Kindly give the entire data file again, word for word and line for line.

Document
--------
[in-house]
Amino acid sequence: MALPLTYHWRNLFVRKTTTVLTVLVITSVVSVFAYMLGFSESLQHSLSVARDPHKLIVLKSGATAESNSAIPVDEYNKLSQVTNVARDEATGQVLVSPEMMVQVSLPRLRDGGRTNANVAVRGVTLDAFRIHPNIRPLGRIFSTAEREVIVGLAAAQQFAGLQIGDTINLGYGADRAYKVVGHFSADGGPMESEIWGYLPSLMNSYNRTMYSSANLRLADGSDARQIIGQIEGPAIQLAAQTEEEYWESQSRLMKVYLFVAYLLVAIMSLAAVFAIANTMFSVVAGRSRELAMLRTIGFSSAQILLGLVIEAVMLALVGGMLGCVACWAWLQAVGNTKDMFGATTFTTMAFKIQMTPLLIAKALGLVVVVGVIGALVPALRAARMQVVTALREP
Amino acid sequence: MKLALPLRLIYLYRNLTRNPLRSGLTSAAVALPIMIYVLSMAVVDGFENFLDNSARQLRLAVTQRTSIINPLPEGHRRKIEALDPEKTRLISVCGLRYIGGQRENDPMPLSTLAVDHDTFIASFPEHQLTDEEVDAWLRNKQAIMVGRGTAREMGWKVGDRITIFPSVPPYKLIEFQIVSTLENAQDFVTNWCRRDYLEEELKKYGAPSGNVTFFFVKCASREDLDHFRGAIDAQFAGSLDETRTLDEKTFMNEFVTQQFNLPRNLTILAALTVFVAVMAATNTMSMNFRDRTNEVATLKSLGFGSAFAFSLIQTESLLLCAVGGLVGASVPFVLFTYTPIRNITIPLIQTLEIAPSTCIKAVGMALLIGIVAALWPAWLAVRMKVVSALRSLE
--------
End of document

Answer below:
[in-house]
Amino acid sequence: MALPLTYHWRNLFVRKTTTVLTVLVITSVVSVFAYMLGFSESLQHSLSVARDPHKLIVLKSGATAESNSAIPVDEYNKLSQVTNVARDEATGQVLVSPEMMVQVSLPRLRDGGRTNANVAVRGVTLDAFRIHPNIRPLGRIFSTAEREVIVGLAAAQQFAGLQIGDTINLGYGADRAYKVVGHFSADGGPMESEIWGYLPSLMNSYNRTMYSSANLRLADGSDARQIIGQIEGPAIQLAAQTEEEYWESQSRLMKVYLFVAYLLVAIMSLAAVFAIANTMFSVVAGRSRELAMLRTIGFSSAQILLGLVIEAVMLALVGGMLGCVACWAWLQAVGNTKDMFGATTFTTMAFKIQMTPLLIAKALGLVVVVGVIGALVPALRAARMQVVTALREP
Amino acid sequence: MKLALPLRLIYLYRNLTRNPLRSGLTSAAVALPIMIYVLSMAVVDGFENFLDNSARQLRLAVTQRTSIINPLPEGHRRKIEALDPEKTRLISVCGLRYIGGQRENDPMPLSTLAVDHDTFIASFPEHQLTDEEVDAWLRNKQAIMVGRGTAREMGWKVGDRITIFPSVPPYKLIEFQIVSTLENAQDFVTNWCRRDYLEEELKKYGAPSGNVTFFFVKCASREDLDHFRGAIDAQFAGSLDETRTLDEKTFMNEFVTQQFNLPRNLTILAALTVFVAVMAATNTMSMNFRDRTNEVATLKSLGFGSAFAFSLIQTESLLLCAVGGLVGASVPFVLFTYTPIRNITIPLIQTLEIAPSTCIKAVGMALLIGIVAALWPAWLAVRMKVVSALRSLE